Methods

Sample preparation

Three rice varieties, namely IR24, 3A26, and 4A37, with diverse BB resistance were chosen to cultivate in this study. First of all, IR24 (Orazy sativa ssp. Indica) is an elite cultivar designed by International Rice Research Institute but it is highly susceptible to the rice BB. Secondly, the other two varieties which possess BB resistance are constructed by introducing two quantitative trait loci (QTLs) related to the resistant ability into IR24 under the assistance of molecular makers [25]. So partial genetic base among IR24, 3A26, and 4A37 is identical while 3A26 and 4A37 contained BB resistance QTLs that were mapped on chromosomes 5 and chromosomes 3 separately. Their authentic resistance for BB had been thoroughly verified in Han’s study [25]. All these rice samples were provided by State Key Laboratory Breeding Base for Zhejiang Sustainable Pest and Disease Control, Hangzhou, China. Those rice plants were rigorously reared by block with the size of 2 m × 15 m and a row spacing of 50 cm in the experimental field located at Zhejiang Academy of Agricultural Science, Hangzhou, China. Over the growing stage, sufficient water provision, nutrition supply, and fundamental disease control were guaranteed for decreasing the impact of irrelevant variables.

Two major comparable groups entailing BB inoculation and ultrapure water inoculation were investigated. Xoo, a kind of bacterial blight strains, was cultured on the potato dextrose agar medium for proliferation. The optical density (OD600) of its bacterial solution which was attenuated by phosphate buffer saline (PBS) solution was supposed to reach 0.8. Artificial leaf tip removing method manufacturing about 3 mm wound tissue with scissors was conducted so that BB could be easily inoculated. The scissors ought to be dipped in the solution of Xoo and sterile water before cutting the rice leaf tip. Additional pretreatment procedure was not required before the spectral collection. Inoculation experiments in this study started at the beginning of the rice booting stage on August 22th in 2020, corresponding to the experiment setting for general BB resistance assessment.

VIS–NIR hyperspectral image acquisition

VIS–NIR hyperspectral images in the range of 413–1016 nm with a total band amount of 473 were obtained by using the laboratory-built hyperspectral imaging system in Zhejiang University, Hangzhou, China (Fig. 1). The whole VIS–NIR hyperspectral image system comprised spectrograph module, illumination module, and mechanical module. Complete rice leaves were necessarily detached from the individual plant with a minimum length of 15 cm for the data acquisition. Leaf samples which were carefully flattened were placed on a plastic plate with a black background for heightening the signal to noise ratio. An electrical motor-driven moving belt took the responsibility to carry the sample plate with a pre-determined moving speed of 2.2 mm/s. At a distance of 29 cm between the sample surface to the spectrograph lens, the pivotal hyperspectral images were taken by an imaging spectrograph (ImSpector V10E; Spectral Imaging Ltd., Oulu, Finland) coupled with a highly sensitive EMCCD camera (Raptor EM285CL, Raptor Photonics limited, Larne, United Kingdom). For the purpose of avoiding image deformation and blur, the exposure time of the camera and the intensity of the illumination module which included two 150 W tungsten halogen lamps (3900 Lightsource, Illumination Technologies Inc., United States) was adjusted to 45 ms and 135. Hyperspectral image correction [Eq. (1)] was carried out after acquiring the bright reference image (the nearly 100% reflectance image of the pure white Teflon board) and the dark reference image (the nearly 0% reflectance image of covered lens) so as to eliminate the nature light influence.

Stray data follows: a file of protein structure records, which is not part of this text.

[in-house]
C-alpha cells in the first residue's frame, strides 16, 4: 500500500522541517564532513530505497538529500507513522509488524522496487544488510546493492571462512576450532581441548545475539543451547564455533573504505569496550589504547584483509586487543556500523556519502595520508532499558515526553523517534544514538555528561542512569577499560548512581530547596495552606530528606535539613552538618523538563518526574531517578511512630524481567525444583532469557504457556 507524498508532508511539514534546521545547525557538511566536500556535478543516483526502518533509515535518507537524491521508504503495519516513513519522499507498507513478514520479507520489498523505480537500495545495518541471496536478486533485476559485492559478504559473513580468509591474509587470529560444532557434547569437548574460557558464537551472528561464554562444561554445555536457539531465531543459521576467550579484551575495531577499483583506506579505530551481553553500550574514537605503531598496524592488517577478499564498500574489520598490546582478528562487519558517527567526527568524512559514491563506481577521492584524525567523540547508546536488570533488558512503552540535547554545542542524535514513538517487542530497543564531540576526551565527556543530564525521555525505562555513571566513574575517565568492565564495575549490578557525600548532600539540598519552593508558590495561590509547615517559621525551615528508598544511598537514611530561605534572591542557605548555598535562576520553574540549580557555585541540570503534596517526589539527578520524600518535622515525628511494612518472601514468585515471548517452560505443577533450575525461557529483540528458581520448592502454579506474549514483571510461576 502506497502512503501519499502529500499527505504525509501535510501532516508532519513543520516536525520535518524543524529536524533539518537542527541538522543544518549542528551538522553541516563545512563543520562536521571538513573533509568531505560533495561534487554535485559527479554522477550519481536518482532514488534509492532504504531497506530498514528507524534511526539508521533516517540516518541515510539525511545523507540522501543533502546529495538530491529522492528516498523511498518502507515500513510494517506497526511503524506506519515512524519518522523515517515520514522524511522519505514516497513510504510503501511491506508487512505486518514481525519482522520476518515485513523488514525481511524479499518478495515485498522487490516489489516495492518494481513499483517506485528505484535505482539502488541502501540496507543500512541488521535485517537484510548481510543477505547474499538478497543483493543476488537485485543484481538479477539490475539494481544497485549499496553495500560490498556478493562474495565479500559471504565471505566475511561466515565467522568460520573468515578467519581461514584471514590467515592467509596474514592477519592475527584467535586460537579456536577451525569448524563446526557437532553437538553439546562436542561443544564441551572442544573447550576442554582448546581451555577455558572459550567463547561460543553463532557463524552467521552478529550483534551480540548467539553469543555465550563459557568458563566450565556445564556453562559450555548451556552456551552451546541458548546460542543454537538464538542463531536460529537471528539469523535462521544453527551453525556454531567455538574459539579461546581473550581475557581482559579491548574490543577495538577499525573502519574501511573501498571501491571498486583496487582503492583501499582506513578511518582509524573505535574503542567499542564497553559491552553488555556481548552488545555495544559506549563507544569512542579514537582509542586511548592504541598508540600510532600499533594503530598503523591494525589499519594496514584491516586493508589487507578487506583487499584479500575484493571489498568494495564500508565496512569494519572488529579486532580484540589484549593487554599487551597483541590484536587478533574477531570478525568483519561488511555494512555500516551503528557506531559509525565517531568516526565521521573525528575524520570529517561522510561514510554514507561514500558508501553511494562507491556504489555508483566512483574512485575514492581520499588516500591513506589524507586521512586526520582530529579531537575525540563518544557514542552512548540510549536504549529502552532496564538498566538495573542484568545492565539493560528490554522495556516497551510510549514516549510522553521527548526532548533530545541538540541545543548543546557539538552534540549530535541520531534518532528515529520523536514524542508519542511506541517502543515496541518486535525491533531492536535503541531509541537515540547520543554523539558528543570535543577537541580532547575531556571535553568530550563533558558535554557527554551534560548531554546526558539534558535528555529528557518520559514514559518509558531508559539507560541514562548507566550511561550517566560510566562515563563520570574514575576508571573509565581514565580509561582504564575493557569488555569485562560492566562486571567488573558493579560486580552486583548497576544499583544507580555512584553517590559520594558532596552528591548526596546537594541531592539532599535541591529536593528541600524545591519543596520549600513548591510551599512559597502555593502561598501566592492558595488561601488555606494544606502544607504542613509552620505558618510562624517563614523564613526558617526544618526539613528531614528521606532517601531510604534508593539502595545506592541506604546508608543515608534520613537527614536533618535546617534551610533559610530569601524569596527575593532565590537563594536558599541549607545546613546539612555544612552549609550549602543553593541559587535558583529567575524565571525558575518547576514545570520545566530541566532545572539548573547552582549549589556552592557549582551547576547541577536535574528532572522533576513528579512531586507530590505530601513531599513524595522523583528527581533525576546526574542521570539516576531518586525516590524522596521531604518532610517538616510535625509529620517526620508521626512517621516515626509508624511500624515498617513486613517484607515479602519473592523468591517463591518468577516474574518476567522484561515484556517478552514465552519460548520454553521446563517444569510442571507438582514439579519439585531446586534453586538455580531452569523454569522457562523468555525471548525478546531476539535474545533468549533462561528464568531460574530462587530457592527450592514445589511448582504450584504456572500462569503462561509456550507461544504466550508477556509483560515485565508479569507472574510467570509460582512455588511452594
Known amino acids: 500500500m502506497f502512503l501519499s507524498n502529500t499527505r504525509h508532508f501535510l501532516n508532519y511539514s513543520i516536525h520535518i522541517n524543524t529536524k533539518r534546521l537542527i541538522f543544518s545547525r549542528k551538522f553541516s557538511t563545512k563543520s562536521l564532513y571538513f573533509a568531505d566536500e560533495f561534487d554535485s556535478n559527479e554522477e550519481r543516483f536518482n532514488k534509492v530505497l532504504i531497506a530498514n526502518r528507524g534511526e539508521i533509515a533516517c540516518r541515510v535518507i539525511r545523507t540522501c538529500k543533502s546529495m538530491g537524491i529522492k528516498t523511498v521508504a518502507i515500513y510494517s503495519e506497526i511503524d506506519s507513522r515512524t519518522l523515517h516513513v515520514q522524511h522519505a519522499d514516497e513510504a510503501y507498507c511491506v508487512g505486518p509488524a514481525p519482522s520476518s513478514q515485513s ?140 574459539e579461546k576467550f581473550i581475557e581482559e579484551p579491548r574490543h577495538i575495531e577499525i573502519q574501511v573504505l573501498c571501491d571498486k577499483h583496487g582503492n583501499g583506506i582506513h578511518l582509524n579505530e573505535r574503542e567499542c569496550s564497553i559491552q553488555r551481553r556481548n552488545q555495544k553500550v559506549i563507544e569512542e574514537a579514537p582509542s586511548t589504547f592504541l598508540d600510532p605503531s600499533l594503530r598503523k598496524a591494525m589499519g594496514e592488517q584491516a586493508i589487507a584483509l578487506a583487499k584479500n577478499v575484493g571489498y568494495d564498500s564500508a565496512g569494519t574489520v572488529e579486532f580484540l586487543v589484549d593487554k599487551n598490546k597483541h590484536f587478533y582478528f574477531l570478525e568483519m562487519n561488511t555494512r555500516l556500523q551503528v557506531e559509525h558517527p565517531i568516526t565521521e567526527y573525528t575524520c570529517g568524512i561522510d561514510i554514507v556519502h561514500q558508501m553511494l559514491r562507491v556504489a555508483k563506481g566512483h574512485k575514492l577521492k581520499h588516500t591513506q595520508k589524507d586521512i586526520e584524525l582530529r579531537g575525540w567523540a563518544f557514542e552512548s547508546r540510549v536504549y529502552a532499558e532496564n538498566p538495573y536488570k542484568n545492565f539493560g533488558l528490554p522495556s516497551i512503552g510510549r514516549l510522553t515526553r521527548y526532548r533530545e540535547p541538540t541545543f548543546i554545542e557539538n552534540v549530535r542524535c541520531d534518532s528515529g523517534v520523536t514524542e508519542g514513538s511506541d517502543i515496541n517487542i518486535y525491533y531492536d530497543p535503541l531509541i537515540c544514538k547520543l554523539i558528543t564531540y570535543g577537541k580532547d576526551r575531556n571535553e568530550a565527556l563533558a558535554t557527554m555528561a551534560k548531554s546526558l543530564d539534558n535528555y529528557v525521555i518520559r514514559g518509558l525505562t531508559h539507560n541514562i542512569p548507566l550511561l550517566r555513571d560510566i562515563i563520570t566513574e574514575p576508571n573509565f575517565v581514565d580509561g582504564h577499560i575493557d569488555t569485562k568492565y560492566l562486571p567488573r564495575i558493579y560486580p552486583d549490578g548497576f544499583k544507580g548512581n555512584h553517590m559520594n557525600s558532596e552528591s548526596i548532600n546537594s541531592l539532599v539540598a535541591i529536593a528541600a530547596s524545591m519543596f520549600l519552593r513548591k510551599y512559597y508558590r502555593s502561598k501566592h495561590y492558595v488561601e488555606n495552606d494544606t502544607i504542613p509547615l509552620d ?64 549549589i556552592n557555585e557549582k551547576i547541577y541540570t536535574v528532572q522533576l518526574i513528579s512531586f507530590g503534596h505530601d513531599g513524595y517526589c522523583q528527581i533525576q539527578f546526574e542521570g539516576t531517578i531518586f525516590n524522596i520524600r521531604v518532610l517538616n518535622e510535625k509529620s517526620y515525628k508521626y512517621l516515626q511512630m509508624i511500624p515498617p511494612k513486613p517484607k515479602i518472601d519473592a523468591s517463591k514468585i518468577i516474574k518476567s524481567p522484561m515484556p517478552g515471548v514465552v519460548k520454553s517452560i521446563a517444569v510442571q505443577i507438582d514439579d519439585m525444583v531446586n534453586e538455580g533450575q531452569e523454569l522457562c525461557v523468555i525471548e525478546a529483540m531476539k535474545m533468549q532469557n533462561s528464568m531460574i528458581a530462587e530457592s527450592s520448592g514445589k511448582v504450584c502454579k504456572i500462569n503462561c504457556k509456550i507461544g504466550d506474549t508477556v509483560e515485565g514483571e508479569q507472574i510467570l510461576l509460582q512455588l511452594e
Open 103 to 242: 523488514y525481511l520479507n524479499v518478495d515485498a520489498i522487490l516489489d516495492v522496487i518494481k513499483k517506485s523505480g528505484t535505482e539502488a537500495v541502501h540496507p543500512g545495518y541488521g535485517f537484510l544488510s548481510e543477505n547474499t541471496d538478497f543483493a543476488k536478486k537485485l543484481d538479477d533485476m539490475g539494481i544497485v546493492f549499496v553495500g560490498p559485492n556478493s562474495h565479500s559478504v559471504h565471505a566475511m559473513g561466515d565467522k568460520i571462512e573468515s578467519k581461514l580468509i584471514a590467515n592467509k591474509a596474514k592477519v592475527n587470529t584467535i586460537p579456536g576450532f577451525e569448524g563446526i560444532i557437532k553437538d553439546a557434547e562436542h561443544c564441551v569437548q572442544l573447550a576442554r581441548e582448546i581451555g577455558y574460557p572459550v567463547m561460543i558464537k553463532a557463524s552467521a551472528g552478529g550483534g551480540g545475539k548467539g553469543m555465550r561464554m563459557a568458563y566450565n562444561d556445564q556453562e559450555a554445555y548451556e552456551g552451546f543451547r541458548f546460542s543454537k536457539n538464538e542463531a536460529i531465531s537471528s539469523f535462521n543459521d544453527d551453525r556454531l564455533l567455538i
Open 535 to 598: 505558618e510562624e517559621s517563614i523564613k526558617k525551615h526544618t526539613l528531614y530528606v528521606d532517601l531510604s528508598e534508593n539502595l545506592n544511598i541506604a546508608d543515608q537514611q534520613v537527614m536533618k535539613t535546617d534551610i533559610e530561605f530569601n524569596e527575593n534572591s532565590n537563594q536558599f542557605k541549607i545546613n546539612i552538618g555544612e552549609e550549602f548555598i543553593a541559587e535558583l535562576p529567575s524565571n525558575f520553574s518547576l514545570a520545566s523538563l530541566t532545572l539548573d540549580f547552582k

$$\begin{array}{*{20}c} {{\text{I}}_{c} = \frac{{I_{r} - I_{d} }}{{I_{b} - I_{d} }} } \\ \end{array}$$
(1)

where \(I_{r}\) represents the raw spectral image, \(I_{d}\) represents the dark reference image, \(I_{b}\) is the bright reference image and \({\text{I}}_{c}\) is the corrected hyperspectral image.

Fig. 1
figure 1

The structure diagram of VIS–NIR hyperspectral imaging system

Time-series VIS–NIR hyperspectral images of a total of 306 rice leaves from 3 rice varieties were gathered on the 3rd, the 9th, the 15th, the 20th, the 28th, the 33th, the 38th, and the 43rd days after infection. The detailed sample composition was presented in Table 1.

Table 1 The detailed sample structure from various experimental groups